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Music sharing and the Internet

Fred Reed’s article “Illegal music sharing the norm” (Business, July 28) is long on criticisms but short on solutions.

No doubt, the Internet is an extraordinary tool that helps us experience, learn and communicate in ways that we could never have imagined just a few short years ago. Digital distribution platforms are the music industry’s future. But no industry, including ours, can flourish if the same property rights that we defend in the physical world are somehow eviscerated in the digital age. Doing the right thing does not always mean doing the easy thing — just because the Internet makes the theft of creative works easy does not make it legal or right.

Mr. Reed compared efforts to fight piracy to the war on drugs. An interesting comparison, but nonetheless valuable — just because illegal narcotics are available does not make their use appropriate.

We recognize that there is no silver bullet to “solving” piracy. We will never eradicate online theft or convince every clever teenager to enjoy his or her music the right way. But just because there is no perfect answer does not mean we should abandon meaningful approaches that do make a difference. We cannot and will not sit idly by as an entire community of creators has its work looted.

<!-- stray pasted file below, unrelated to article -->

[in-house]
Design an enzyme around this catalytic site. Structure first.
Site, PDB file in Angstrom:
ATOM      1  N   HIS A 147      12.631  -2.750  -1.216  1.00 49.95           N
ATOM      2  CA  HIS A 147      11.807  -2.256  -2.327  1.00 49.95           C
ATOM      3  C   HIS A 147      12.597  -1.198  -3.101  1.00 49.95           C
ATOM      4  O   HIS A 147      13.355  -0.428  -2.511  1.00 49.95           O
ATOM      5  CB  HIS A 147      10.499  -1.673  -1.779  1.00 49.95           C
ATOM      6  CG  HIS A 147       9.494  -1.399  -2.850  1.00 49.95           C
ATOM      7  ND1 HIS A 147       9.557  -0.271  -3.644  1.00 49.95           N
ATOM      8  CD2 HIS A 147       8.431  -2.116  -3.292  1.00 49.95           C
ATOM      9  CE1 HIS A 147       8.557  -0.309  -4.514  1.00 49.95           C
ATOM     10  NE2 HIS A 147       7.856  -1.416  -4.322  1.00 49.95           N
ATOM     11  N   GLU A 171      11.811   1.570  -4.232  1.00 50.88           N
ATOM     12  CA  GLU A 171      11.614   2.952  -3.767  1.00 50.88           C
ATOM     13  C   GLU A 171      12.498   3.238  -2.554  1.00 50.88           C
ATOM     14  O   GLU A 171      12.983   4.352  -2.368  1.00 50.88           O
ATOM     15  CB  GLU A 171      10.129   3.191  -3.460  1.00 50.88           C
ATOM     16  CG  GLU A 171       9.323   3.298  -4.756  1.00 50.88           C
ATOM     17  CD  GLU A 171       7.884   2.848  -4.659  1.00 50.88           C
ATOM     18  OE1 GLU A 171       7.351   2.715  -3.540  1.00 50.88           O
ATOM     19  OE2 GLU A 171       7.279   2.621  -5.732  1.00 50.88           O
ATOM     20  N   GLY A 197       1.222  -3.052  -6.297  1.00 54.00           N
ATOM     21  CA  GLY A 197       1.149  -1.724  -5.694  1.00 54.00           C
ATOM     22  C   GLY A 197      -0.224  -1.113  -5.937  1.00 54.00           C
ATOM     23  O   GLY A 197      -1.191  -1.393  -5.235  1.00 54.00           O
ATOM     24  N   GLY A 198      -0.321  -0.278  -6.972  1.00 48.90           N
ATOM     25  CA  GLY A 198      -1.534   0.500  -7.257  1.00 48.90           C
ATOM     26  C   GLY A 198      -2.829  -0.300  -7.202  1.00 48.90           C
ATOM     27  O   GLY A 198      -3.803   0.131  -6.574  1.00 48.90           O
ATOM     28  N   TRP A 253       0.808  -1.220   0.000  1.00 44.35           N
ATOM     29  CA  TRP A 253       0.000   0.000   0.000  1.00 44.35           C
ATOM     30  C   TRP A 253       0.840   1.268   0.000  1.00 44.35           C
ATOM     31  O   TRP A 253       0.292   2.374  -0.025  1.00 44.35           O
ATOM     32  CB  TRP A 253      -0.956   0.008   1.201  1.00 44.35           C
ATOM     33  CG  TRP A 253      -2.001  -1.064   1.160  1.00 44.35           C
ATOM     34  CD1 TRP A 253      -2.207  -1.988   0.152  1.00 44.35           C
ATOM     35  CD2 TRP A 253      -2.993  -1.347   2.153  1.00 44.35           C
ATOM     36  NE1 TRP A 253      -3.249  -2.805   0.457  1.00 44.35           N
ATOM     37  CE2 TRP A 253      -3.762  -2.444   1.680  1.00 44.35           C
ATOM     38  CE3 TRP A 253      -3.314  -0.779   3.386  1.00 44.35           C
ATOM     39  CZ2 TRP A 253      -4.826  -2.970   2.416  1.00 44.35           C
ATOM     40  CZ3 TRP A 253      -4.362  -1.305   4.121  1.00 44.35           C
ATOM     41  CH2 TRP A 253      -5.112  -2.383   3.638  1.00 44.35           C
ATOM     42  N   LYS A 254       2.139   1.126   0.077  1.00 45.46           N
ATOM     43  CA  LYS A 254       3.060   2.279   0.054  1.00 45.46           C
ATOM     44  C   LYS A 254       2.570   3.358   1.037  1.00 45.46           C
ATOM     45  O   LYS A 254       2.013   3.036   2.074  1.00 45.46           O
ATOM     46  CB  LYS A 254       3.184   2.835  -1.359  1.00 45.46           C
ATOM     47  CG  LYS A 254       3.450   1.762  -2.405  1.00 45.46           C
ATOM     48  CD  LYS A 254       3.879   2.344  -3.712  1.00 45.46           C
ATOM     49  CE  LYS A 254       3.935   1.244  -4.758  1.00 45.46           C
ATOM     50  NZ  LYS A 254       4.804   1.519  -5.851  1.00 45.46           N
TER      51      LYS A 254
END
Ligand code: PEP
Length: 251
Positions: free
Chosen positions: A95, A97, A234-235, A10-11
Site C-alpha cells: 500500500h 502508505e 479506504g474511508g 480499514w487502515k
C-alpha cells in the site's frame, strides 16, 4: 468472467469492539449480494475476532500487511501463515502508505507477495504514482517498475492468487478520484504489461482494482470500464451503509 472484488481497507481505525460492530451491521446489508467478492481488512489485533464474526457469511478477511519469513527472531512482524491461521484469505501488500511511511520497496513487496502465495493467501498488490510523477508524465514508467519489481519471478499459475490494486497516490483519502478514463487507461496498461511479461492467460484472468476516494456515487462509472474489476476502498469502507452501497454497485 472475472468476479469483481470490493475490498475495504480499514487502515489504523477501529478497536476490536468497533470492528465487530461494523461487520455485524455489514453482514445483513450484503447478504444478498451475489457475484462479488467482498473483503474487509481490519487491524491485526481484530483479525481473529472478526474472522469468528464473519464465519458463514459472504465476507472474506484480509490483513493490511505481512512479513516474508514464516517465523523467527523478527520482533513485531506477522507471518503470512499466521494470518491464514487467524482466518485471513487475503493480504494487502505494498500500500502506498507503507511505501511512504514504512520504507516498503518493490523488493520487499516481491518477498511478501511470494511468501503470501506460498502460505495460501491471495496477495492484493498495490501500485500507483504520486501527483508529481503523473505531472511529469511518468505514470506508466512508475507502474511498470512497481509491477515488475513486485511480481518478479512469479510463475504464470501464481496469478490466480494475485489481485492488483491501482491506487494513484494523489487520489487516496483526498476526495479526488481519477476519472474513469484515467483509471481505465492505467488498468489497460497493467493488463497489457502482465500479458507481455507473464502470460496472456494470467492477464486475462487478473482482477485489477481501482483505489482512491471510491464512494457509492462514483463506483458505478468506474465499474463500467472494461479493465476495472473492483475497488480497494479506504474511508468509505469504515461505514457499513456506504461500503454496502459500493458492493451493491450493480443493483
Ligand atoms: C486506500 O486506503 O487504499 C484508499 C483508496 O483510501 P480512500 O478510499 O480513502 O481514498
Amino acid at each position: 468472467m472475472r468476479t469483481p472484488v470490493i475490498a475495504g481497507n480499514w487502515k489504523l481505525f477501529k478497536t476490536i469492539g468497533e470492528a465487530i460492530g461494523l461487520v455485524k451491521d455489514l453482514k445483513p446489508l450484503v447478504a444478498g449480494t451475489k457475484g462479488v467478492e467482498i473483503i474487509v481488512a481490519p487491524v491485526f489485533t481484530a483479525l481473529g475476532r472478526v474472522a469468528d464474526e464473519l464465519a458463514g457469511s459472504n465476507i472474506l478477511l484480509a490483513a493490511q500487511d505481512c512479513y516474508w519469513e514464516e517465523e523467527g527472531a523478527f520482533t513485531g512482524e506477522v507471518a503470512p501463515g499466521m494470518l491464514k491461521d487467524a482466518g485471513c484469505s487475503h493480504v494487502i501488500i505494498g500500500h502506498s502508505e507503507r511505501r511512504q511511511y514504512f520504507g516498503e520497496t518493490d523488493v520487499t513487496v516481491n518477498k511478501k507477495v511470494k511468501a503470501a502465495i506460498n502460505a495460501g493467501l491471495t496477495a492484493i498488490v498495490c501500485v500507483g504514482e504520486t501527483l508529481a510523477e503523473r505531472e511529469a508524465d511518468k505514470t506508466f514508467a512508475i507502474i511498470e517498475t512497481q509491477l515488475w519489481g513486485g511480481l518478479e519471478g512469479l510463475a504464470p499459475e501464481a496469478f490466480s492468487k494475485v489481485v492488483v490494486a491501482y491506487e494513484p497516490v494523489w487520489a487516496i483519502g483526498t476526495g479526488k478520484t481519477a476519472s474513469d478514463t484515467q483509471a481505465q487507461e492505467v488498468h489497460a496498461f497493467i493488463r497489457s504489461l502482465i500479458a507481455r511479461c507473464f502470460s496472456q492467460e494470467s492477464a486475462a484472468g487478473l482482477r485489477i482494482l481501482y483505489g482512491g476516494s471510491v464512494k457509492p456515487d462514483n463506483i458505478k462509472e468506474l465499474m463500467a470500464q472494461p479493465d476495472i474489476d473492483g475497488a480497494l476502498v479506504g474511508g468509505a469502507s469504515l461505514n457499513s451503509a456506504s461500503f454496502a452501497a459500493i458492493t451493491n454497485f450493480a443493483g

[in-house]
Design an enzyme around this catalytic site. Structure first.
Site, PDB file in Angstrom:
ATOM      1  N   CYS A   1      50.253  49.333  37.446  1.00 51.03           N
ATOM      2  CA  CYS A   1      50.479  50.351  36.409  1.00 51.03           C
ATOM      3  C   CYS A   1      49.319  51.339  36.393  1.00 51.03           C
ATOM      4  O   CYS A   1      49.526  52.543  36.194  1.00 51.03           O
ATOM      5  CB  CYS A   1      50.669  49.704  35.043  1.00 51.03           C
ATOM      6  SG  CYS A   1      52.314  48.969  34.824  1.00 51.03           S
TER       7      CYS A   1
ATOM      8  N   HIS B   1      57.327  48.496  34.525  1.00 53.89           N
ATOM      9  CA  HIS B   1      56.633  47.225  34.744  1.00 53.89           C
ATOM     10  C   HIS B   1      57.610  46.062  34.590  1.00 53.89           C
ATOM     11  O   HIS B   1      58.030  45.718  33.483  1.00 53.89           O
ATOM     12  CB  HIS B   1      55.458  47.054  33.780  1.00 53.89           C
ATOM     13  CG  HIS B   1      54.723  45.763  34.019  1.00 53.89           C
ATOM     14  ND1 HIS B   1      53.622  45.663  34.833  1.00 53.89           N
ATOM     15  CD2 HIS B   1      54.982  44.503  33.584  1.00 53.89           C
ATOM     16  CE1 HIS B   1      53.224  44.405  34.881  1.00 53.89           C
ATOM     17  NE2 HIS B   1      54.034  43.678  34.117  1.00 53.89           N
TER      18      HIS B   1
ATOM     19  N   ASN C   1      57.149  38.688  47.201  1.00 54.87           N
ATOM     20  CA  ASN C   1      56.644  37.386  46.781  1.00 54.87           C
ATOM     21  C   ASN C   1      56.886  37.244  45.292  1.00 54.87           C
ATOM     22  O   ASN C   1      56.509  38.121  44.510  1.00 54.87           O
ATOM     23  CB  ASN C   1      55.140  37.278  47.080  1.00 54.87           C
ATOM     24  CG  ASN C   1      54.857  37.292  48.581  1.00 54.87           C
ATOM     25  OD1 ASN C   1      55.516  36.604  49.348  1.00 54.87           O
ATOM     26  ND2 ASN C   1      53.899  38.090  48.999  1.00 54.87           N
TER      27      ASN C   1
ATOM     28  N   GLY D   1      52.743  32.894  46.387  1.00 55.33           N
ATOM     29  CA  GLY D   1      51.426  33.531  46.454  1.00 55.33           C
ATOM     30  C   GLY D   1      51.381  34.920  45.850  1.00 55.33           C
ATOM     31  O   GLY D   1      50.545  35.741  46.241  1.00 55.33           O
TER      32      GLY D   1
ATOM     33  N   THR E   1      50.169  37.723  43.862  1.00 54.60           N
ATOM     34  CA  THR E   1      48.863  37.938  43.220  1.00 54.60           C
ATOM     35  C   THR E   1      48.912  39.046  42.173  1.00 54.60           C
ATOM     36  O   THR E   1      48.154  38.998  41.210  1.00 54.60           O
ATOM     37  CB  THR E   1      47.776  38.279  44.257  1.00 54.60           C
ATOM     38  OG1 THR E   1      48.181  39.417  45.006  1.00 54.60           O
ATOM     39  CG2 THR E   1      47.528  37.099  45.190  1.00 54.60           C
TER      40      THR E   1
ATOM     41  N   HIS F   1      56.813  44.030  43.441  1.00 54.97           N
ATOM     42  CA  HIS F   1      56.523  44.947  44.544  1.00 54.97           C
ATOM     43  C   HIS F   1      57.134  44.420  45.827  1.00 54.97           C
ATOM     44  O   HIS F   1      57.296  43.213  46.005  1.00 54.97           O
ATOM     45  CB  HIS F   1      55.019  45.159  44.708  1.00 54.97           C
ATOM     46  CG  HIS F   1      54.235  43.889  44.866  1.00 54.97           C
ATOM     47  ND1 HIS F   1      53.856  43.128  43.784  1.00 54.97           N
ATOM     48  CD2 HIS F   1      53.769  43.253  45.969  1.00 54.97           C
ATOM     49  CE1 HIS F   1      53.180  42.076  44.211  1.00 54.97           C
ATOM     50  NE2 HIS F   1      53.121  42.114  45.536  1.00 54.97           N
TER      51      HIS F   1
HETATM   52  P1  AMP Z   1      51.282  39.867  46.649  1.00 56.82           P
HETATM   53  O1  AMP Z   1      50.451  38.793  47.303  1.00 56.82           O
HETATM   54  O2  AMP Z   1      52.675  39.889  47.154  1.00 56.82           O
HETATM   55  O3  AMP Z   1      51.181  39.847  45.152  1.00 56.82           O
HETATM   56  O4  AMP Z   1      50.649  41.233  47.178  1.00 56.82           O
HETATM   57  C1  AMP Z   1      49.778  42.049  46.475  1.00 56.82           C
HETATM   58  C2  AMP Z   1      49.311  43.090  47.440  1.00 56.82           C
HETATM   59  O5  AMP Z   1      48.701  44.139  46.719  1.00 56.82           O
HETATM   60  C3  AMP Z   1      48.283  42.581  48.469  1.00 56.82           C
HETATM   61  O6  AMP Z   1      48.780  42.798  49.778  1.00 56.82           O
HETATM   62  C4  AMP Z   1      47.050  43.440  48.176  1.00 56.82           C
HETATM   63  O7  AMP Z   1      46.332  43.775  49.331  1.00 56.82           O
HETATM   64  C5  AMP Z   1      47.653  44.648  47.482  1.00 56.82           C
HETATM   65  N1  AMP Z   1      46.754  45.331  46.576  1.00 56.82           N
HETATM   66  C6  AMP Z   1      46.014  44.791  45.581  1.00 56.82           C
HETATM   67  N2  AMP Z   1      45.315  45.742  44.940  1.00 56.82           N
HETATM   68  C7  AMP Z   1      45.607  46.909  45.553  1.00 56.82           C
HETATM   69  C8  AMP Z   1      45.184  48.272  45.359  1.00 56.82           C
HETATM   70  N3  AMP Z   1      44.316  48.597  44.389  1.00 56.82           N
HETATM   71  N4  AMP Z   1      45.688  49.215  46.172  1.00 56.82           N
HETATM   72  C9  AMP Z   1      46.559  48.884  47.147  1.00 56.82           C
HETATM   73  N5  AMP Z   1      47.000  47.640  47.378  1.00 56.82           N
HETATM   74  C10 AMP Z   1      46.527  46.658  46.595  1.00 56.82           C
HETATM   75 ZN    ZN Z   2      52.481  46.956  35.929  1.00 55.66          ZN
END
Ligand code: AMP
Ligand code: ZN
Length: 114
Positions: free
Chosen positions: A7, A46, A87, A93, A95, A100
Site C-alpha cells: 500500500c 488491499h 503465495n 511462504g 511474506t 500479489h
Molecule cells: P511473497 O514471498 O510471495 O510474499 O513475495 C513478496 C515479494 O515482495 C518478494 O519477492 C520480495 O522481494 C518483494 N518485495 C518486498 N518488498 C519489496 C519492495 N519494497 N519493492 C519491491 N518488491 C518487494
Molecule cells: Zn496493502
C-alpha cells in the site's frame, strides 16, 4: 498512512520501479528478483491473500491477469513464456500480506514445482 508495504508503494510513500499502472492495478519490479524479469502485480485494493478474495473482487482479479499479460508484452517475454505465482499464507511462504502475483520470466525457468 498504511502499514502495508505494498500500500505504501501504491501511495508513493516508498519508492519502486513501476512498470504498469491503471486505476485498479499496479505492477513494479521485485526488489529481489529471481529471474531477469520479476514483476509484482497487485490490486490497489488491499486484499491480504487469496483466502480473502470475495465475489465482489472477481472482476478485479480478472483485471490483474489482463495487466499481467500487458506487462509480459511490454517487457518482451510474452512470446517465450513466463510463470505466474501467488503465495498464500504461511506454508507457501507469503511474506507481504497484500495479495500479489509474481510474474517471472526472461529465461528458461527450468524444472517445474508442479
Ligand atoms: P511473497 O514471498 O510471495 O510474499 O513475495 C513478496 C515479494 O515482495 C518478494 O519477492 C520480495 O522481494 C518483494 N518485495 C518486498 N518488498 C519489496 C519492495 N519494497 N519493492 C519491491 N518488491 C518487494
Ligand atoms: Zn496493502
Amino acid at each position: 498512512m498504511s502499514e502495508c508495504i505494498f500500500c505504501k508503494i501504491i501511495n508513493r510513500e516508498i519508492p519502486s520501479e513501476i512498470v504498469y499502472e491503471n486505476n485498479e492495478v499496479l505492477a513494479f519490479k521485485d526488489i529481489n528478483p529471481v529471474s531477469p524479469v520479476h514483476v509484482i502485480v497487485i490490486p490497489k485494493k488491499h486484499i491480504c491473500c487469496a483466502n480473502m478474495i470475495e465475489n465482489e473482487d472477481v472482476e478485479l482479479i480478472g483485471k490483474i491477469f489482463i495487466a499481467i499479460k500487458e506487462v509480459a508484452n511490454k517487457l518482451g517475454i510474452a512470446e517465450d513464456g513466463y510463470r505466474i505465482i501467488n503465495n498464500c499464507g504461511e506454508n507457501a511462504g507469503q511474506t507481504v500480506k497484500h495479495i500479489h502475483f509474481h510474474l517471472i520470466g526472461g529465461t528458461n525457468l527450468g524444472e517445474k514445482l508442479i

Our job is to provide a strong foundation for the legal marketplace to thrive while raising awareness of the law. Our responsibility is to help protect the future foundation of the digital landscape, no matter how it evolves. Containment of what was formerly a hemorrhaging problem is progress. Within the past few years, as broadband penetration has grown exponentially, illicit peer-to-peer (P2P) music trading, formerly growing at astronomic levels, has demonstrated only modest growth. Imagine what the digital music landscape would look like had we done nothing, as Mr. Reed essentially suggests? The very promising traction that the legal marketplace has shown so far would have been suffocated in a continuing avalanche of illegal music trafficking.

Do we have work to do to engage today’s children about why it’s important to respect intellectual property? Absolutely. Before we undertook these deterrence and education campaigns, a whole generation was growing up believing that it was OK to steal. That’s no longer the case. Now there is a broad understanding of the law and what you can and can’t do on the Internet. That happens because we have a multifaceted approach that includes not only deterrence but educational programs involving students of all ages and vigorous promotion of all the exciting digital services that the record companies have partnered with to offer fans a hassle-free experience. We’re not naive about the continuing challenges the industry faces, but we are bullish about the future and about the impact of our efforts so far.

Finally, as stalwart defenders of the First Amendment, we welcome all constructive criticism. But Mr. Reed criticizes without offering any alternative strategy. We can’t afford that approach; we need to do all we can with the tools we can to make the marketplace work for fans and creators. We think we’re on the right track.


Director of communications

Recording Industry Association

of America


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